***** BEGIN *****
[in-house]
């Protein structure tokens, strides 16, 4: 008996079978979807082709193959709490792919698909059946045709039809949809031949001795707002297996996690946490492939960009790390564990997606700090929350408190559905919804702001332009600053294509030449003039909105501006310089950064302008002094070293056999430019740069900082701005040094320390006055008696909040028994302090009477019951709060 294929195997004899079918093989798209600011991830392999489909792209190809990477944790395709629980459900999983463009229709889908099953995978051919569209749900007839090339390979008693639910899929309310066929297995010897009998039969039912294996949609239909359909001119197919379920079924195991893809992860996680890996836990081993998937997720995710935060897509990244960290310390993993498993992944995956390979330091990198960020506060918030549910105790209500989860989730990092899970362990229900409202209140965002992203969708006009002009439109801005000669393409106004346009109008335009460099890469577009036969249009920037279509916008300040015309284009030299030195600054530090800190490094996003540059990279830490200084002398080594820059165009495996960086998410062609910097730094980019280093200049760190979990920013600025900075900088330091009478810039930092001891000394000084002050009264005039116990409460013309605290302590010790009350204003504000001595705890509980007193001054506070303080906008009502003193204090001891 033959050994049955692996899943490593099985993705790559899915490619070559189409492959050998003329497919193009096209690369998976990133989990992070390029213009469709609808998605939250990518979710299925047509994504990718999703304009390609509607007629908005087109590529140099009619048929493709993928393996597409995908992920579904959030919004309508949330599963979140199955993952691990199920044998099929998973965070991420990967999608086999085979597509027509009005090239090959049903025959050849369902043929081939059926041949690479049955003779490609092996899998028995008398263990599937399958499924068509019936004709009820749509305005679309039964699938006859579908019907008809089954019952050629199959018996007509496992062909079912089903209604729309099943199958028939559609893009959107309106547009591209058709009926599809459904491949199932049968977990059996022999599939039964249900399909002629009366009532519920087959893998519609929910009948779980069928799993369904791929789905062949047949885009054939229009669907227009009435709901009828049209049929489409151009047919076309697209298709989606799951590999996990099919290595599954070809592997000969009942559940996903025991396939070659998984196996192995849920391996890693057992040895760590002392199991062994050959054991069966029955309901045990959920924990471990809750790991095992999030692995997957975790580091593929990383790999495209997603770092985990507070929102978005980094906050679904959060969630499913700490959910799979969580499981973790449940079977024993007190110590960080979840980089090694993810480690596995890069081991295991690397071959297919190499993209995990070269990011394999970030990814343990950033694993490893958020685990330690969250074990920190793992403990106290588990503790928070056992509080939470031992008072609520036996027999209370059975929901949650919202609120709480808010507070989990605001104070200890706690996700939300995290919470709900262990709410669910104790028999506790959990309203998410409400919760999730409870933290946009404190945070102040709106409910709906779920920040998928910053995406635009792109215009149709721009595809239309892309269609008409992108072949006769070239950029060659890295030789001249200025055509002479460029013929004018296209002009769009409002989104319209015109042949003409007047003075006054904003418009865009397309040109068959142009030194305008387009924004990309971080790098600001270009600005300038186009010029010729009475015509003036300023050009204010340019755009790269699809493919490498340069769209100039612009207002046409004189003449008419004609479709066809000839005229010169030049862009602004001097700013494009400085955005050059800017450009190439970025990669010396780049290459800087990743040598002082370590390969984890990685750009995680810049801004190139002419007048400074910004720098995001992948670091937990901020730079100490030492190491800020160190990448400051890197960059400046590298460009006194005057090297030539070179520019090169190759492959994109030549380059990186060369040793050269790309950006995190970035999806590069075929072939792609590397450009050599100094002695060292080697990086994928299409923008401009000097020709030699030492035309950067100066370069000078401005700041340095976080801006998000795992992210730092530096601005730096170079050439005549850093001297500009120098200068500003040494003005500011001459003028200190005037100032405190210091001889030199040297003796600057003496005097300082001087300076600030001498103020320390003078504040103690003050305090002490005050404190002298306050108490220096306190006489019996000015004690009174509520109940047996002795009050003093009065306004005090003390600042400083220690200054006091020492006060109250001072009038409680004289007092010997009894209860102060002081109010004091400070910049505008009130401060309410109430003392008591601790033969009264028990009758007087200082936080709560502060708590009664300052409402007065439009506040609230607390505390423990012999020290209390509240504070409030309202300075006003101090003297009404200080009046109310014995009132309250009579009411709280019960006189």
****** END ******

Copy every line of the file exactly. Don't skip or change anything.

[in-house]
């Protein structure tokens, strides 16, 4: 008996079978979807082709193959709490792919698909059946045709039809949809031949001795707002297996996690946490492939960009790390564990997606700090929350408190559905919804702001332009600053294509030449003039909105501006310089950064302008002094070293056999430019740069900082701005040094320390006055008696909040028994302090009477019951709060 294929195997004899079918093989798209600011991830392999489909792209190809990477944790395709629980459900999983463009229709889908099953995978051919569209749900007839090339390979008693639910899929309310066929297995010897009998039969039912294996949609239909359909001119197919379920079924195991893809992860996680890996836990081993998937997720995710935060897509990244960290310390993993498993992944995956390979330091990198960020506060918030549910105790209500989860989730990092899970362990229900409202209140965002992203969708006009002009439109801005000669393409106004346009109008335009460099890469577009036969249009920037279509916008300040015309284009030299030195600054530090800190490094996003540059990279830490200084002398080594820059165009495996960086998410062609910097730094980019280093200049760190979990920013600025900075900088330091009478810039930092001891000394000084002050009264005039116990409460013309605290302590010790009350204003504000001595705890509980007193001054506070303080906008009502003193204090001891 033959050994049955692996899943490593099985993705790559899915490619070559189409492959050998003329497919193009096209690369998976990133989990992070390029213009469709609808998605939250990518979710299925047509994504990718999703304009390609509607007629908005087109590529140099009619048929493709993928393996597409995908992920579904959030919004309508949330599963979140199955993952691990199920044998099929998973965070991420990967999608086999085979597509027509009005090239090959049903025959050849369902043929081939059926041949690479049955003779490609092996899998028995008398263990599937399958499924068509019936004709009820749509305005679309039964699938006859579908019907008809089954019952050629199959018996007509496992062909079912089903209604729309099943199958028939559609893009959107309106547009591209058709009926599809459904491949199932049968977990059996022999599939039964249900399909002629009366009532519920087959893998519609929910009948779980069928799993369904791929789905062949047949885009054939229009669907227009009435709901009828049209049929489409151009047919076309697209298709989606799951590999996990099919290595599954070809592997000969009942559940996903025991396939070659998984196996192995849920391996890693057992040895760590002392199991062994050959054991069966029955309901045990959920924990471990809750790991095992999030692995997957975790580091593929990383790999495209997603770092985990507070929102978005980094906050679904959060969630499913700490959910799979969580499981973790449940079977024993007190110590960080979840980089090694993810480690596995890069081991295991690397071959297919190499993209995990070269990011394999970030990814343990950033694993490893958020685990330690969250074990920190793992403990106290588990503790928070056992509080939470031992008072609520036996027999209370059975929901949650919202609120709480808010507070989990605001104070200890706690996700939300995290919470709900262990709410669910104790028999506790959990309203998410409400919760999730409870933290946009404190945070102040709106409910709906779920920040998928910053995406635009792109215009149709721009595809239309892309269609008409992108072949006769070239950029060659890295030789001249200025055509002479460029013929004018296209002009769009409002989104319209015109042949003409007047003075006054904003418009865009397309040109068959142009030194305008387009924004990309971080790098600001270009600005300038186009010029010729009475015509003036300023050009204010340019755009790269699809493919490498340069769209100039612009207002046409004189003449008419004609479709066809000839005229010169030049862009602004001097700013494009400085955005050059800017450009190439970025990669010396780049290459800087990743040598002082370590390969984890990685750009995680810049801004190139002419007048400074910004720098995001992948670091937990901020730079100490030492190491800020160190990448400051890197960059400046590298460009006194005057090297030539070179520019090169190759492959994109030549380059990186060369040793050269790309950006995190970035999806590069075929072939792609590397450009050599100094002695060292080697990086994928299409923008401009000097020709030699030492035309950067100066370069000078401005700041340095976080801006998000795992992210730092530096601005730096170079050439005549850093001297500009120098200068500003040494003005500011001459003028200190005037100032405190210091001889030199040297003796600057003496005097300082001087300076600030001498103020320390003078504040103690003050305090002490005050404190002298306050108490220096306190006489019996000015004690009174509520109940047996002795009050003093009065306004005090003390600042400083220690200054006091020492006060109250001072009038409680004289007092010997009894209860102060002081109010004091400070910049505008009130401060309410109430003392008591601790033969009264028990009758007087200082936080709560502060708590009664300052409402007065439009506040609230607390505390423990012999020290209390509240504070409030309202300075006003101090003297009404200080009046109310014995009132309250009579009411709280019960006189």